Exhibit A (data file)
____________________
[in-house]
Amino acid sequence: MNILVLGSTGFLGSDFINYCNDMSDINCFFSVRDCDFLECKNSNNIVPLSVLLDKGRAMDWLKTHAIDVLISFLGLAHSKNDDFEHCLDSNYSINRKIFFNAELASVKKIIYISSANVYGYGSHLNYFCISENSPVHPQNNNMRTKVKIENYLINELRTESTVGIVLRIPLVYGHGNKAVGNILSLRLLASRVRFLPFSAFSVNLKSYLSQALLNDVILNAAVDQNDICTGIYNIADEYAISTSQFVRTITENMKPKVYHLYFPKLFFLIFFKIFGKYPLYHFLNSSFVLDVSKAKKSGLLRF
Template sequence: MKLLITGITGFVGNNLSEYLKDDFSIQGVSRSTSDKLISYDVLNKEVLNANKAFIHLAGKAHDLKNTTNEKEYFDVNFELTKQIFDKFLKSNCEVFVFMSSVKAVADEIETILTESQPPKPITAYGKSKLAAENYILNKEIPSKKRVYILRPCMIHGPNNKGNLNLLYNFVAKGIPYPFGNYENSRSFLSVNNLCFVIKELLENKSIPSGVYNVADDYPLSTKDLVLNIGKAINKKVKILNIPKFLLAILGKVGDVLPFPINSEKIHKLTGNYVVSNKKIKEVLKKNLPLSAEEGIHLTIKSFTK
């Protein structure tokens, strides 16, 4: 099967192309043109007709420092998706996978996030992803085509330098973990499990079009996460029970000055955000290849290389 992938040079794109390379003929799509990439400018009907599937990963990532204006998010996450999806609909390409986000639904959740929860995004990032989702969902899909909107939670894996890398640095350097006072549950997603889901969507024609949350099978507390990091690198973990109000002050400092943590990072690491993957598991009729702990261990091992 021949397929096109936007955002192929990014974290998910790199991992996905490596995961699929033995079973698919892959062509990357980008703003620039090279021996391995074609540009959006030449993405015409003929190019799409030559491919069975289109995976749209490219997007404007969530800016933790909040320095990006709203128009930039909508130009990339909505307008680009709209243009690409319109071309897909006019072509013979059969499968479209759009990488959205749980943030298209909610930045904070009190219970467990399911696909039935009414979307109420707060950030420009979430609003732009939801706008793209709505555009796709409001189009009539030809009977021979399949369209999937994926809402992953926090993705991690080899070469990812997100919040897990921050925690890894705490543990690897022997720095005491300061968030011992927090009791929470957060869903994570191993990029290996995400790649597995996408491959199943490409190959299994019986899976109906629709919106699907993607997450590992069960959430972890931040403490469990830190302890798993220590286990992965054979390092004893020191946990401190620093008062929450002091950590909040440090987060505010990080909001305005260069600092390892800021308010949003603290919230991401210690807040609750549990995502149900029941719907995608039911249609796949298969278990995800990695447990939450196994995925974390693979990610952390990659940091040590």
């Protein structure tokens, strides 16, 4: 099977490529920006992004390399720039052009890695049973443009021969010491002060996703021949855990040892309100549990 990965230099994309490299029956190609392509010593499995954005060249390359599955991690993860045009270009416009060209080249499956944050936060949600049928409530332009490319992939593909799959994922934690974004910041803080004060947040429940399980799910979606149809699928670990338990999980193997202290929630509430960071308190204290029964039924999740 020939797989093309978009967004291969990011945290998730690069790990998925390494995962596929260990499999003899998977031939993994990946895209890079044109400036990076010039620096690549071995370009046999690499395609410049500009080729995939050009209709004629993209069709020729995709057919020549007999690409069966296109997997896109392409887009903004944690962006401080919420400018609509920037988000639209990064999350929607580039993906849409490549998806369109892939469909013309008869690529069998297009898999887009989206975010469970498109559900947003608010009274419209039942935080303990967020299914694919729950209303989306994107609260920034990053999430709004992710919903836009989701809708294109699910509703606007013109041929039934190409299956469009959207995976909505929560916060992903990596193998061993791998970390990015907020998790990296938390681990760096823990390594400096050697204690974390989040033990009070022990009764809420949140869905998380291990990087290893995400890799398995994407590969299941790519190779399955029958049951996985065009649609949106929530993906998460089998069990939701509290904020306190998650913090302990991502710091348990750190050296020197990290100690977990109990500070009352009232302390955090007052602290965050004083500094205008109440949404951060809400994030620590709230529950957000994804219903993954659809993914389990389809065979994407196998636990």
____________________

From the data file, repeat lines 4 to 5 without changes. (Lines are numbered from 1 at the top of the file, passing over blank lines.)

């Protein structure tokens, strides 16, 4: 099967192309043109007709420092998706996978996030992803085509330098973990499990079009996460029970000055955000290849290389 992938040079794109390379003929799509990439400018009907599937990963990532204006998010996450999806609909390409986000639904959740929860995004990032989702969902899909909107939670894996890398640095350097006072549950997603889901969507024609949350099978507390990091690198973990109000002050400092943590990072690491993957598991009729702990261990091992 021949397929096109936007955002192929990014974290998910790199991992996905490596995961699929033995079973698919892959062509990357980008703003620039090279021996391995074609540009959006030449993405015409003929190019799409030559491919069975289109995976749209490219997007404007969530800016933790909040320095990006709203128009930039909508130009990339909505307008680009709209243009690409319109071309897909006019072509013979059969499968479209759009990488959205749980943030298209909610930045904070009190219970467990399911696909039935009414979307109420707060950030420009979430609003732009939801706008793209709505555009796709409001189009009539030809009977021979399949369209999937994926809402992953926090993705991690080899070469990812997100919040897990921050925690890894705490543990690897022997720095005491300061968030011992927090009791929470957060869903994570191993990029290996995400790649597995996408491959199943490409190959299994019986899976109906629709919106699907993607997450590992069960959430972890931040403490469990830190302890798993220590286990992965054979390092004893020191946990401190620093008062929450002091950590909040440090987060505010990080909001305005260069600092390892800021308010949003603290919230991401210690807040609750549990995502149900029941719907995608039911249609796949298969278990995800990695447990939450196994995925974390693979990610952390990659940091040590």
């Protein structure tokens, strides 16, 4: 099977490529920006992004390399720039052009890695049973443009021969010491002060996703021949855990040892309100549990 990965230099994309490299029956190609392509010593499995954005060249390359599955991690993860045009270009416009060209080249499956944050936060949600049928409530332009490319992939593909799959994922934690974004910041803080004060947040429940399980799910979606149809699928670990338990999980193997202290929630509430960071308190204290029964039924999740 020939797989093309978009967004291969990011945290998730690069790990998925390494995962596929260990499999003899998977031939993994990946895209890079044109400036990076010039620096690549071995370009046999690499395609410049500009080729995939050009209709004629993209069709020729995709057919020549007999690409069966296109997997896109392409887009903004944690962006401080919420400018609509920037988000639209990064999350929607580039993906849409490549998806369109892939469909013309008869690529069998297009898999887009989206975010469970498109559900947003608010009274419209039942935080303990967020299914694919729950209303989306994107609260920034990053999430709004992710919903836009989701809708294109699910509703606007013109041929039934190409299956469009959207995976909505929560916060992903990596193998061993791998970390990015907020998790990296938390681990760096823990390594400096050697204690974390989040033990009070022990009764809420949140869905998380291990990087290893995400890799398995994407590969299941790519190779399955029958049951996985065009649609949106929530993906998460089998069990939701509290904020306190998650913090302990991502710091348990750190050296020197990290100690977990109990500070009352009232302390955090007052602290965050004083500094205008109440949404951060809400994030620590709230529950957000994804219903993954659809993914389990389809065979994407196998636990």